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  • Writer's pictureNicholas Nack

Seasonal Depression: What is it and why does it happen?

When it begins getting colder, and there is less light in the day, some people experience a change in their mood. This has been described with many names, some of which are seasonal depressive disorder, seasonal affective disorder, winter blues, and seasonal depression. While not everyone who experiences it may fit into a criteria associated with some kind of diagnosis, it is a phenomenon that many are familiar with. It has been classified as experiencing inattentiveness, hopelessness, depression, social withdrawal, and fatigue. These must be occurring only during a particular time of year and happen for two consecutive years. After that season is over there is a pattern of recovery in mood (Munir & Abbas, 2022). From the DSM standpoint this would be Major depressive disorder with seasonal pattern (American Psychiatric Association, 2022). From research that has been done there is actually a correlation with sunlight deficiency and hormonal changes, mainly serotonin and melatonin. A decrease in sunlight exposure tends to lead to an increase in melatonin. Sunlight also provides the body with vitamin D, which is important for the synthesis of serotonin. With less sunlight there is less serotonin. Since hormones are a part of mood regulation and personality, it makes sense that those may change depending on the amount of sunlight available, given that sunlight has an impact on hormones (Munir & Abbas, 2022).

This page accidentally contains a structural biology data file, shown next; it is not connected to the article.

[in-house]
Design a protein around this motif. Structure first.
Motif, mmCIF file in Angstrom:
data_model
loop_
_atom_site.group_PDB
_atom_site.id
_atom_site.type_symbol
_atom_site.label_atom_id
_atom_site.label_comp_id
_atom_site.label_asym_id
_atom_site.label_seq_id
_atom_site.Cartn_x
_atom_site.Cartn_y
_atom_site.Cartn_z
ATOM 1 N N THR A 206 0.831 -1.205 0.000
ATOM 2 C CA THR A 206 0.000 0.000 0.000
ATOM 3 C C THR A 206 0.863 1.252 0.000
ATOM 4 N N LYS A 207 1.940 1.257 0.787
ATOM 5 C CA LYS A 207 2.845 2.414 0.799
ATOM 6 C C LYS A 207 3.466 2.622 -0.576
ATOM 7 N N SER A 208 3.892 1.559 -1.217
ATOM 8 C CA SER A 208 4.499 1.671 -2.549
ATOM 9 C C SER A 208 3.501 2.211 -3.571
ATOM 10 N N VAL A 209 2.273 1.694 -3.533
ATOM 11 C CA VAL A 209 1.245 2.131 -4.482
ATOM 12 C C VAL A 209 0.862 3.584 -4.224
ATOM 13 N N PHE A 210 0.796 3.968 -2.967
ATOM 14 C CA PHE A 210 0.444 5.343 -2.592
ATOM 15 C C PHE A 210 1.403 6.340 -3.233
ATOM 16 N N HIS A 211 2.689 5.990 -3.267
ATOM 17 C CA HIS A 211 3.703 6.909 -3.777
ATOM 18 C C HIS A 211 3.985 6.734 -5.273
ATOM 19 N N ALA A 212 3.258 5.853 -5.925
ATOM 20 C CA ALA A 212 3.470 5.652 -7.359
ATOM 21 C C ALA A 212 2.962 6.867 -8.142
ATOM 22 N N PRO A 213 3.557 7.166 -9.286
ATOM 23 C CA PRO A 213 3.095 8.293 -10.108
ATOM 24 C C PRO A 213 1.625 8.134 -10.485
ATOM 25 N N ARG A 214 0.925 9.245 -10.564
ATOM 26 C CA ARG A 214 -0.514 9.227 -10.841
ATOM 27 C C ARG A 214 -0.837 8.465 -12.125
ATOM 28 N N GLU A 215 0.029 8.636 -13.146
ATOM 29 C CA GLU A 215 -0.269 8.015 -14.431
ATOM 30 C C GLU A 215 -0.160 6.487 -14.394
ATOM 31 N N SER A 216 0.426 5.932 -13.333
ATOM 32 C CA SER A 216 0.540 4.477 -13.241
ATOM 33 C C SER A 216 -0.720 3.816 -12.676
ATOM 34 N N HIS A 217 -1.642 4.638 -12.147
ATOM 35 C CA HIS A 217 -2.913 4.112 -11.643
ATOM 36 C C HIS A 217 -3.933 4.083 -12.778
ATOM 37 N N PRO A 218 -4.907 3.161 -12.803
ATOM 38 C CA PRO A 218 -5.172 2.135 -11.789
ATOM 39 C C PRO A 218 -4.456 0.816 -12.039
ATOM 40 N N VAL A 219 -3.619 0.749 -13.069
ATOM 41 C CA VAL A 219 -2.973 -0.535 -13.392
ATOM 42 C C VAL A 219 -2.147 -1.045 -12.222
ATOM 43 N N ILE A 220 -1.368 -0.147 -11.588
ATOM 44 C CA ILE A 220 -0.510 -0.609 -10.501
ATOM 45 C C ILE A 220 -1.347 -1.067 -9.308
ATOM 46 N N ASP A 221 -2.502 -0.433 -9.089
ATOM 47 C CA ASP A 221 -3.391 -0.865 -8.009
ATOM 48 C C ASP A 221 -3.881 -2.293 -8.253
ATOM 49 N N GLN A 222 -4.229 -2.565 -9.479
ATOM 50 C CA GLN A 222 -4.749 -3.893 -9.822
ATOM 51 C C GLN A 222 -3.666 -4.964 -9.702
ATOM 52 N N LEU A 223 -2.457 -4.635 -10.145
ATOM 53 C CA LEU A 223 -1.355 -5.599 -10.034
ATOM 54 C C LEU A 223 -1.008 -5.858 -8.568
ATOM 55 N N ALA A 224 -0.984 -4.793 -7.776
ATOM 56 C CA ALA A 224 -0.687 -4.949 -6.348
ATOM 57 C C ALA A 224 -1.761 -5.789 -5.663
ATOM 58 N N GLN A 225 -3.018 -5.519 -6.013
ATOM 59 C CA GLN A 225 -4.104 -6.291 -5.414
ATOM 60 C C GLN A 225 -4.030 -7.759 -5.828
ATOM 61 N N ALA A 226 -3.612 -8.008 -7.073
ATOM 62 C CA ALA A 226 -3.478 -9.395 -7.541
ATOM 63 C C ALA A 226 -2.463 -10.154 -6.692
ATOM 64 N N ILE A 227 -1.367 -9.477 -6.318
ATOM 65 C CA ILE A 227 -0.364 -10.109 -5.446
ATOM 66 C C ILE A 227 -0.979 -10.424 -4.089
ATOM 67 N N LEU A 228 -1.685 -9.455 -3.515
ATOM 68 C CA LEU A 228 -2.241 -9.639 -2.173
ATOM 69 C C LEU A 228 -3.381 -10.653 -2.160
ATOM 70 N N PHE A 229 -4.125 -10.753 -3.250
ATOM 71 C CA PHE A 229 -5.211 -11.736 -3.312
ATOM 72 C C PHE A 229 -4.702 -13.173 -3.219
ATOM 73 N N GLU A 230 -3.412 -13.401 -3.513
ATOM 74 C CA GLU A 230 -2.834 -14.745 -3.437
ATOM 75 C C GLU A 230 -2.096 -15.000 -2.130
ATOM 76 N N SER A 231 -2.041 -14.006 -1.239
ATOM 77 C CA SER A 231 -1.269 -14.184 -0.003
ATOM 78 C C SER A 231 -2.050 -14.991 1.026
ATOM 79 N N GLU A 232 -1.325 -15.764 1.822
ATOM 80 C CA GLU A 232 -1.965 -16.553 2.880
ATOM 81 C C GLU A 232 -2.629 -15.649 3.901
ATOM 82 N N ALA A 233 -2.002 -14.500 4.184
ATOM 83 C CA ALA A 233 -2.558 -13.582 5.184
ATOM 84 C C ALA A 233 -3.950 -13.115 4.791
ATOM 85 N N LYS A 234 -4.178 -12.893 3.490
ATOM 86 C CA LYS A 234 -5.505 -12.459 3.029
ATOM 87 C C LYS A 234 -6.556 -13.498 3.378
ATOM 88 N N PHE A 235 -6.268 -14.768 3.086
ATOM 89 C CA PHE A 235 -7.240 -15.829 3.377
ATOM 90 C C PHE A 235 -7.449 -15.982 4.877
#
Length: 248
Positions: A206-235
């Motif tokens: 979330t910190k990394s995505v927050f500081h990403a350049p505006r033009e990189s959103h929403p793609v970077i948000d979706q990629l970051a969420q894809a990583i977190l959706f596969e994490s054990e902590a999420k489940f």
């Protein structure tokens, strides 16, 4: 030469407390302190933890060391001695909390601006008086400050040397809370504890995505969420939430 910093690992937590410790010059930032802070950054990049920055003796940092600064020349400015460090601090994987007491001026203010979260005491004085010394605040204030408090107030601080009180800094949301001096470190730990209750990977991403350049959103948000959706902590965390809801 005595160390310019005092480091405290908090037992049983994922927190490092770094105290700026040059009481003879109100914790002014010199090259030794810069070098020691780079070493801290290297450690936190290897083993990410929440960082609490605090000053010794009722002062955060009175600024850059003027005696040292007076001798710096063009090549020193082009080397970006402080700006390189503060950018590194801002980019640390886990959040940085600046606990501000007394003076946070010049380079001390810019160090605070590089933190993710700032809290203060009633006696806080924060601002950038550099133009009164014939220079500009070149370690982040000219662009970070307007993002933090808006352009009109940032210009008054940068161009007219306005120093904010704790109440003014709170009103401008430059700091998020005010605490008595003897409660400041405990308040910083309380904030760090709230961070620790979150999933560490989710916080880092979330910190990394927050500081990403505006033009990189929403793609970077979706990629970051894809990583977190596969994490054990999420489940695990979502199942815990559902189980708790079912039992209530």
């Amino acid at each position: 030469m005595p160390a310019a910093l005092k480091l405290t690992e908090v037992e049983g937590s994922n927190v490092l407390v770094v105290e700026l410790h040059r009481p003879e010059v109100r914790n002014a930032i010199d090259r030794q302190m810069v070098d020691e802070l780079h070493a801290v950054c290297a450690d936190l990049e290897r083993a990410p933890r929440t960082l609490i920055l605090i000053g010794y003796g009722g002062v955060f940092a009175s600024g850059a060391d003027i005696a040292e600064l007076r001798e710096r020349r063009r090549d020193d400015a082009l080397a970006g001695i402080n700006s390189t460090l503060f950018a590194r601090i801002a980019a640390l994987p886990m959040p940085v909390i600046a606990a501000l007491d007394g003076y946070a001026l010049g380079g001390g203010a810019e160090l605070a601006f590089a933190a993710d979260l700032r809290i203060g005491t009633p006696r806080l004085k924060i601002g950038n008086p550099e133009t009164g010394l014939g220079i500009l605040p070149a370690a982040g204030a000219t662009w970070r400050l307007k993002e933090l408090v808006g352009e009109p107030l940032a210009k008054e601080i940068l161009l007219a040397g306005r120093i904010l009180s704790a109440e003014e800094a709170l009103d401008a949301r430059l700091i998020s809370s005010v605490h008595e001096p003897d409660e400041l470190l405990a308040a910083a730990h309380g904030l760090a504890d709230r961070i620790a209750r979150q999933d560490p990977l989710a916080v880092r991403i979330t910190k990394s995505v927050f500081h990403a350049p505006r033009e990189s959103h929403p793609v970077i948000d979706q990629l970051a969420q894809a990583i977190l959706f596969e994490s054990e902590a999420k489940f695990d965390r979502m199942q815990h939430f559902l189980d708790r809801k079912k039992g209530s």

Some ways that this is treated is through light therapy, exercise, hormonal therapy, antidepressants, changes in diet, meditation, sleep hygiene, and vitamin D (Munir & Abbas, 2022). Talk therapy may also be helpful in building healthy behaviors to decrease symptomatology, decrease stress, change negative beliefs or self-talk, and finding other ways to cope with the depressive symptoms. Light therapy is a common first treatment given to people suffering with seasonal depression. People sit near a light box that mimics natural light for a set amount of time each day. These tend to be effective in treating symptoms beginning between a few days or weeks into the sessions ("Seasonal affective disorder (SAD) - Diagnosis and treatment - Mayo Clinic," 2021). In all, there are many different directions one can take in tackling their winter blues, whether they are clinically diagnosable or not.


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